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Sanborn Covered Bridge, Lyndon

WGN 45-03-05

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Vermont town to buy historic covered bridge for $10,000

Feb 12, 2022 Updated Feb 12, 2022

LYNDON, Vt. (AP) — The town of Lyndon in Vermont is buying a privately-owned historic covered bridge and land abutting it for $10,000.

The Select Board on Monday entered into a purchase-and-sale agreement with Arthur and Jeanne Elliott, the owners of the Sanborn bridge, the Caledonian Record reported. The deal was approved by a vote of 3-0.

The purchase means that Lyndon owns all five covered bridges in town and allows the community to move forward with plans to turn the bridges into tourist attractions.

The town is excited to have acquired the bridge, said Nicole Gratton, the town's planning director.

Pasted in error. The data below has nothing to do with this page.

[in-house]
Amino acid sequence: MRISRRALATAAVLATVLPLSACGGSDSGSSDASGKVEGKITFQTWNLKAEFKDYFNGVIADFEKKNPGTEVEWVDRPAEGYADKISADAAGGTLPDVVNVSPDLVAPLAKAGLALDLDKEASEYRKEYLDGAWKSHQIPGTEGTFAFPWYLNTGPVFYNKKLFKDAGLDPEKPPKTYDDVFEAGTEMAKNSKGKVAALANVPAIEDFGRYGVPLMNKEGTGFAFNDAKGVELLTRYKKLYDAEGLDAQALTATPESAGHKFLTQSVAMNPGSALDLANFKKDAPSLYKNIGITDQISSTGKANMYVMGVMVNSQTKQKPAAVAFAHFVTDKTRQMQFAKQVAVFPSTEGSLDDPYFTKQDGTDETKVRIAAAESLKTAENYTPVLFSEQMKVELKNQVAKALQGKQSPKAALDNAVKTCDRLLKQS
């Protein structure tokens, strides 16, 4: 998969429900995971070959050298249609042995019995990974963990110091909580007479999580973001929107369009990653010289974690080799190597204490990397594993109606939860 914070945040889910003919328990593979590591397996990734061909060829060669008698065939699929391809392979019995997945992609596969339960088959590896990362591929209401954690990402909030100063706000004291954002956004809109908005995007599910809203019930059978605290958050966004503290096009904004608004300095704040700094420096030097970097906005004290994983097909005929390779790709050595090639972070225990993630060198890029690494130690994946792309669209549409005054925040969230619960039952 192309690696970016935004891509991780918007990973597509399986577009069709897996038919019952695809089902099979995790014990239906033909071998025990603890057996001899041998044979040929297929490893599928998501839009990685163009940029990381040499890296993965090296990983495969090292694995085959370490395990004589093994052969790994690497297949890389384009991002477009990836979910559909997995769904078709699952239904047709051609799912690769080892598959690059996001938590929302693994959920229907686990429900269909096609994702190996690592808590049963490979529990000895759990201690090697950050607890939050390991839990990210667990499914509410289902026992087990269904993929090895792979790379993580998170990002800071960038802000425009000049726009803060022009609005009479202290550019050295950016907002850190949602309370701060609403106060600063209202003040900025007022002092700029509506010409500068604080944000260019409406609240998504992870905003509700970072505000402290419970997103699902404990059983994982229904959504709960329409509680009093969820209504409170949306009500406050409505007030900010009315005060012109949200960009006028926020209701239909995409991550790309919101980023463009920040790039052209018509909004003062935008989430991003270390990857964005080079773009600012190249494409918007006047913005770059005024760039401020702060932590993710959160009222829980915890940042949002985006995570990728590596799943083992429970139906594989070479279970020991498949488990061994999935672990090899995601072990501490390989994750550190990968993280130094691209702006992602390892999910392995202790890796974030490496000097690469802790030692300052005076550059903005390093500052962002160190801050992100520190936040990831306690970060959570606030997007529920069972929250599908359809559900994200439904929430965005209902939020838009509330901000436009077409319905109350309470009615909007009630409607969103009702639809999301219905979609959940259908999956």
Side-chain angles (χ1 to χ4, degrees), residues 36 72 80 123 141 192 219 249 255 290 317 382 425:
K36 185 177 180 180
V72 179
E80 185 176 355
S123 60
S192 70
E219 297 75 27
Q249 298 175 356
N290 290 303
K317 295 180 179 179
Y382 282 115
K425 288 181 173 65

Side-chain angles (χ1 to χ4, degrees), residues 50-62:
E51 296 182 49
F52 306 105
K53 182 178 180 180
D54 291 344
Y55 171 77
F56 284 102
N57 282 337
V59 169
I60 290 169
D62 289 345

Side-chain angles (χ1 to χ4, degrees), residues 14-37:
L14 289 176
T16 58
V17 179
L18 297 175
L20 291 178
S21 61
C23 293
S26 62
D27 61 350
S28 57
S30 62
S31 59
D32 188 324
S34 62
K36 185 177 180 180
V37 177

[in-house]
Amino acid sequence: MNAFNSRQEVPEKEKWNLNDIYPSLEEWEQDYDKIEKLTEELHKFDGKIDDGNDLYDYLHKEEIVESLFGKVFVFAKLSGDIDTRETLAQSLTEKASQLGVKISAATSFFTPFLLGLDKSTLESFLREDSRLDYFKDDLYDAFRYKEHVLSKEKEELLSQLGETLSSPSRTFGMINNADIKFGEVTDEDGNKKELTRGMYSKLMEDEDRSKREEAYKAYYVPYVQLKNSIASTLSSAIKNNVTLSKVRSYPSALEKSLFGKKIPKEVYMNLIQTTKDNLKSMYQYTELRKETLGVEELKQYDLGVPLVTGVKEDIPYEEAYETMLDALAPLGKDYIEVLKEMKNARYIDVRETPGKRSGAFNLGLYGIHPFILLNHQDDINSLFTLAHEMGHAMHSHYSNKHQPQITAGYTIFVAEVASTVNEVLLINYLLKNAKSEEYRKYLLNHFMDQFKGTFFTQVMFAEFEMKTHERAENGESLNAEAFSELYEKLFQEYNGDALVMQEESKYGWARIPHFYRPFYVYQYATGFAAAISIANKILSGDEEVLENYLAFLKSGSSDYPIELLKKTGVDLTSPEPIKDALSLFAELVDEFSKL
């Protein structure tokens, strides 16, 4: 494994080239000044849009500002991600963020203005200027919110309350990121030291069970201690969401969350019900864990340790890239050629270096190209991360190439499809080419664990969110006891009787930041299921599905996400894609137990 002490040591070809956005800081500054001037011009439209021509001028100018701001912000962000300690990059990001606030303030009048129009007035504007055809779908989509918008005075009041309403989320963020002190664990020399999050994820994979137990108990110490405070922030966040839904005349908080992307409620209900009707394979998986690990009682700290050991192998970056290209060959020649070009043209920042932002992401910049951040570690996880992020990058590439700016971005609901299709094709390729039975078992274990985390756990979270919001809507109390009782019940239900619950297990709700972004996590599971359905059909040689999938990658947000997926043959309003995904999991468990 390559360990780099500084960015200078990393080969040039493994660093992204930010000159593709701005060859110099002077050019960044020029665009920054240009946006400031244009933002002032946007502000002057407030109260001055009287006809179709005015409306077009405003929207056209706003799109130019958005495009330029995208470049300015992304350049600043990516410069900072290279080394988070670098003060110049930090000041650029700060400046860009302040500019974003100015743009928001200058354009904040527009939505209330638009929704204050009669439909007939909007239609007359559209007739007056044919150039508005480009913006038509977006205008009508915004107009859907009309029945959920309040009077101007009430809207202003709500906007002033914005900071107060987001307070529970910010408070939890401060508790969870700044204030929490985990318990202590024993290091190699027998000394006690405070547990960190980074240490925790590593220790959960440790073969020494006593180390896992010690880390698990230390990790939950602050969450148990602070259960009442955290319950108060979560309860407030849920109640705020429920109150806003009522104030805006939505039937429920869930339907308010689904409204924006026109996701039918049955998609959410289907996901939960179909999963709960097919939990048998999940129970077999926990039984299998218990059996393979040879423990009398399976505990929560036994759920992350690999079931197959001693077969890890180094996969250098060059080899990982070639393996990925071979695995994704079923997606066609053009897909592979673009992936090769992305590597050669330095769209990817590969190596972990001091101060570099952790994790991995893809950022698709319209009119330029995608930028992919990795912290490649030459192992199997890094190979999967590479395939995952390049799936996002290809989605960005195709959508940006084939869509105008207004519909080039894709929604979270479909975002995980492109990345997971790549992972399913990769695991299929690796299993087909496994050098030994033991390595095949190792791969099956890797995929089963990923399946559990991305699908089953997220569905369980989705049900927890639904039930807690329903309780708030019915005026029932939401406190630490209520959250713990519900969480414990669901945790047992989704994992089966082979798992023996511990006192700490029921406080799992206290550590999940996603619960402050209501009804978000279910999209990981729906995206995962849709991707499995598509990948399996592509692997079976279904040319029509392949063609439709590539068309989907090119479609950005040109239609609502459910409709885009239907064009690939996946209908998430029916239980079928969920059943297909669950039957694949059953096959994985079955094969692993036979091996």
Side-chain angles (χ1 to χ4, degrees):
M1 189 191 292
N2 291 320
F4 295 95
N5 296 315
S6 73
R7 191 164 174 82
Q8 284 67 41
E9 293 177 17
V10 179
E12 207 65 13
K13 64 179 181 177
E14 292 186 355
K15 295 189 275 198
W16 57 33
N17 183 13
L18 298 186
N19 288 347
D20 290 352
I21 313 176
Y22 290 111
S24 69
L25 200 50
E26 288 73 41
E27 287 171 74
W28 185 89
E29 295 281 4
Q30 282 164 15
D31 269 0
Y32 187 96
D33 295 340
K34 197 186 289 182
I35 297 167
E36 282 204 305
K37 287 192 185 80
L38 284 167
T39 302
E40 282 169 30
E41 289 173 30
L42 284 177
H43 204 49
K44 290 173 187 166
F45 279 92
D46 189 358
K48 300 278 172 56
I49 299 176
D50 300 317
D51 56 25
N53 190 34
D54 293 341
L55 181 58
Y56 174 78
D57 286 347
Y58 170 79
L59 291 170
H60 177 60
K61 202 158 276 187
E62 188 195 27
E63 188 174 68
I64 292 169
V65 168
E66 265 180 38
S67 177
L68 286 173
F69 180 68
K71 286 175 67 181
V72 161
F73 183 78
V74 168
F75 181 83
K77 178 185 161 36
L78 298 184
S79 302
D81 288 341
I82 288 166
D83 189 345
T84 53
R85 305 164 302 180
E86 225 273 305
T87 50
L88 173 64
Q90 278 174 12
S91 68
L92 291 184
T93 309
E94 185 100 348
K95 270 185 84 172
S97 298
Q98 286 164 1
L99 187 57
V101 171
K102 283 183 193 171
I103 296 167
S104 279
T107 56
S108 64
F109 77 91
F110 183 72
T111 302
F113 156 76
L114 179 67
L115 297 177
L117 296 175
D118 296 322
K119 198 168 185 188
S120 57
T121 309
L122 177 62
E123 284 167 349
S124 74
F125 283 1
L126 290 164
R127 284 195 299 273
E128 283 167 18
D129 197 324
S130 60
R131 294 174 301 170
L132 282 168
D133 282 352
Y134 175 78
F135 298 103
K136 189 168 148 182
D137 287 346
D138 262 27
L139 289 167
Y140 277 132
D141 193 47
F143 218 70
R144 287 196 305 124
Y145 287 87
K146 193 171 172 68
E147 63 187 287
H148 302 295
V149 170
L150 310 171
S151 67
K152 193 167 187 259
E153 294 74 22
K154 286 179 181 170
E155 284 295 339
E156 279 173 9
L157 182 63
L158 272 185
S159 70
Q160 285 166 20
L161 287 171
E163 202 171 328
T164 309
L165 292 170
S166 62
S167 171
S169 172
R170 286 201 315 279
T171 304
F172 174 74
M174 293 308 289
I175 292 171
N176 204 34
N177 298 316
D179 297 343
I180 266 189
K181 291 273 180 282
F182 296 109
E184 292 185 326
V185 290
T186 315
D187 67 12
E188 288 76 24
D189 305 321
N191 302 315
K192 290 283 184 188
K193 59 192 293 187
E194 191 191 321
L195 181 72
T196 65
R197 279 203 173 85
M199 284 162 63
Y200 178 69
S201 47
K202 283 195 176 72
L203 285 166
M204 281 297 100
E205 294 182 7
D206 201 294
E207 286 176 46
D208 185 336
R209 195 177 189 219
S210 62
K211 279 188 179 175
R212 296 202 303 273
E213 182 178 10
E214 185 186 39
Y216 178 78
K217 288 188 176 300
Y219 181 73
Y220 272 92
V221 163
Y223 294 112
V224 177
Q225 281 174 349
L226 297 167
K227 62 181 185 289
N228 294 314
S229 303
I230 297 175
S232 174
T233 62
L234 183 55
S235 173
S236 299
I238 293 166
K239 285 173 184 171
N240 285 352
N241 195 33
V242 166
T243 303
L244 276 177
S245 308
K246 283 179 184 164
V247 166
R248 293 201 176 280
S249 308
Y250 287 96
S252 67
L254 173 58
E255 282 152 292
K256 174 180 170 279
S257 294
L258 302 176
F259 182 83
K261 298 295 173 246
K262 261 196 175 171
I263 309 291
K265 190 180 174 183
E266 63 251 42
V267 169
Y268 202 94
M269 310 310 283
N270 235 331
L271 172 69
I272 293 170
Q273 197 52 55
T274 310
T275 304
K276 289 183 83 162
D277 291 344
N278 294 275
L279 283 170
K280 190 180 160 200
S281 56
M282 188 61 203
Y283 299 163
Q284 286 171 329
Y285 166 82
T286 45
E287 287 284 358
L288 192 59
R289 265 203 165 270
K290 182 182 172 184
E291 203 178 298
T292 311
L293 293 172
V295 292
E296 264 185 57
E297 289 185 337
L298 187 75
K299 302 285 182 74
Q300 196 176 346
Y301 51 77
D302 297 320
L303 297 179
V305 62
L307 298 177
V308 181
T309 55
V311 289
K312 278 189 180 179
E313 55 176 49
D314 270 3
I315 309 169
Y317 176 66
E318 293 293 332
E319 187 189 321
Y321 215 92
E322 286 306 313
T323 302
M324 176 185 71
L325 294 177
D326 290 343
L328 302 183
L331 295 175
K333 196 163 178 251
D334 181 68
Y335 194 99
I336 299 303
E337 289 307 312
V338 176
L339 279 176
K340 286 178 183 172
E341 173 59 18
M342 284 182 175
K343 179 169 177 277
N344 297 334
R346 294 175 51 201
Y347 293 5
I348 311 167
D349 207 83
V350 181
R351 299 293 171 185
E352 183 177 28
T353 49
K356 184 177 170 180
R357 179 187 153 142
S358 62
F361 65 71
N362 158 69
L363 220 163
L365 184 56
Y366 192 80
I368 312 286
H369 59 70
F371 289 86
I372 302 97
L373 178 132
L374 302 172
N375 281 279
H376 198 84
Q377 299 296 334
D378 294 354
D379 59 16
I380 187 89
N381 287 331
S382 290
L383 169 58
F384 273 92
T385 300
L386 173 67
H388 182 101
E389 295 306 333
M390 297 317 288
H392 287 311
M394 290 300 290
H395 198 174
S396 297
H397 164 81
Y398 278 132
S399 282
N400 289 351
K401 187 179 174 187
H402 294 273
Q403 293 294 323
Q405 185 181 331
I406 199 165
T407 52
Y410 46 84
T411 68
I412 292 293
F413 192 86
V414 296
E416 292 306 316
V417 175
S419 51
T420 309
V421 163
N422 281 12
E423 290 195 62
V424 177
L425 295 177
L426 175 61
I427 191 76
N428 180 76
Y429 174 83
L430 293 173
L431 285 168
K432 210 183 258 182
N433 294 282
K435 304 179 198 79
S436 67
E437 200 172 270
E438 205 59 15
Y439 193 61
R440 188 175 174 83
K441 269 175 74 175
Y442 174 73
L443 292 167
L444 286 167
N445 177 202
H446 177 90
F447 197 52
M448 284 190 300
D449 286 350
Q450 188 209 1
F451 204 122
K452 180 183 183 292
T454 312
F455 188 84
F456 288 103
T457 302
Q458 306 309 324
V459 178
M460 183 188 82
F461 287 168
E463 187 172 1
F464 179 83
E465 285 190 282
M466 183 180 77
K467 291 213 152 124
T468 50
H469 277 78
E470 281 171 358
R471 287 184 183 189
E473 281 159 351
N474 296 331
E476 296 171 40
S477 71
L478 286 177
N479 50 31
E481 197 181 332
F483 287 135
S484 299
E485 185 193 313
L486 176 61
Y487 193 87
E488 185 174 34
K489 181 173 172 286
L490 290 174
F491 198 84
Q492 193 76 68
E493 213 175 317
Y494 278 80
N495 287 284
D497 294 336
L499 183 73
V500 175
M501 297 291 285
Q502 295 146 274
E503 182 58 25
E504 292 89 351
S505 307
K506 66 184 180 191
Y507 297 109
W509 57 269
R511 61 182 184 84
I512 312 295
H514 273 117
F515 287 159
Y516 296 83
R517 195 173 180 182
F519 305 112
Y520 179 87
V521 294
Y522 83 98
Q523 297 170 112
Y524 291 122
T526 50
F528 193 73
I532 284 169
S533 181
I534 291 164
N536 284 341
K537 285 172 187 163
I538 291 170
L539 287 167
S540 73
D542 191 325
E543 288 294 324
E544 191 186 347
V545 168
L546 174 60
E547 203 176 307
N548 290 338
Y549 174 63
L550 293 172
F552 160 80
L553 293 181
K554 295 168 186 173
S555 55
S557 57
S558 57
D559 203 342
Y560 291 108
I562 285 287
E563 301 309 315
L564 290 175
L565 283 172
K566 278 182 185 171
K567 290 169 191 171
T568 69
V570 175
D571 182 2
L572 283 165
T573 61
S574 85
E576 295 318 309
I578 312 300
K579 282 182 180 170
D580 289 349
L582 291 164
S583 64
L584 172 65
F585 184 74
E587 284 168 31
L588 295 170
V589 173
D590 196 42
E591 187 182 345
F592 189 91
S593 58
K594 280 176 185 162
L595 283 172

“We know that we can support its continued existence as a historical and cultural icon in the community and ensure its presence for generations to come. We are working hard to take care of the bridges in town and have them shine bright in our community,” Gratton said.

Historic covered bridges in Vermont and New Hampshire are a key attraction for visitors. The Cornish-Windsor bridge, which spans the Connecticut River between New Hampshire and Vermont, is the longest wooden bridge in the United States and the longest two-span covered bridge in the world.

The Sanborn bridge was built around 1870 and is the last of the Paddleford truss bridges that once crossed the Passumpsic River, the newspaper reported. The bridge was listed on the National Register of Historic Places in 1974.

It was formerly called the Centre bridge and once connected Lyndonville and Lyndon Center until it was taken out of service in 1960 and moved one mile (1.6 kilometers) to its current location.

The town has secured $100,000 in grant funding through the Preservation Trust of Vermont to support major bridge repairs. It will seek additional funding through federal and state sources to cover the estimated $1.3 million cost of bridge and abutment reconstruction.


Editors note: Our thanks to Dana Gray of the Caledonian-Record for granting permission to republish this article.

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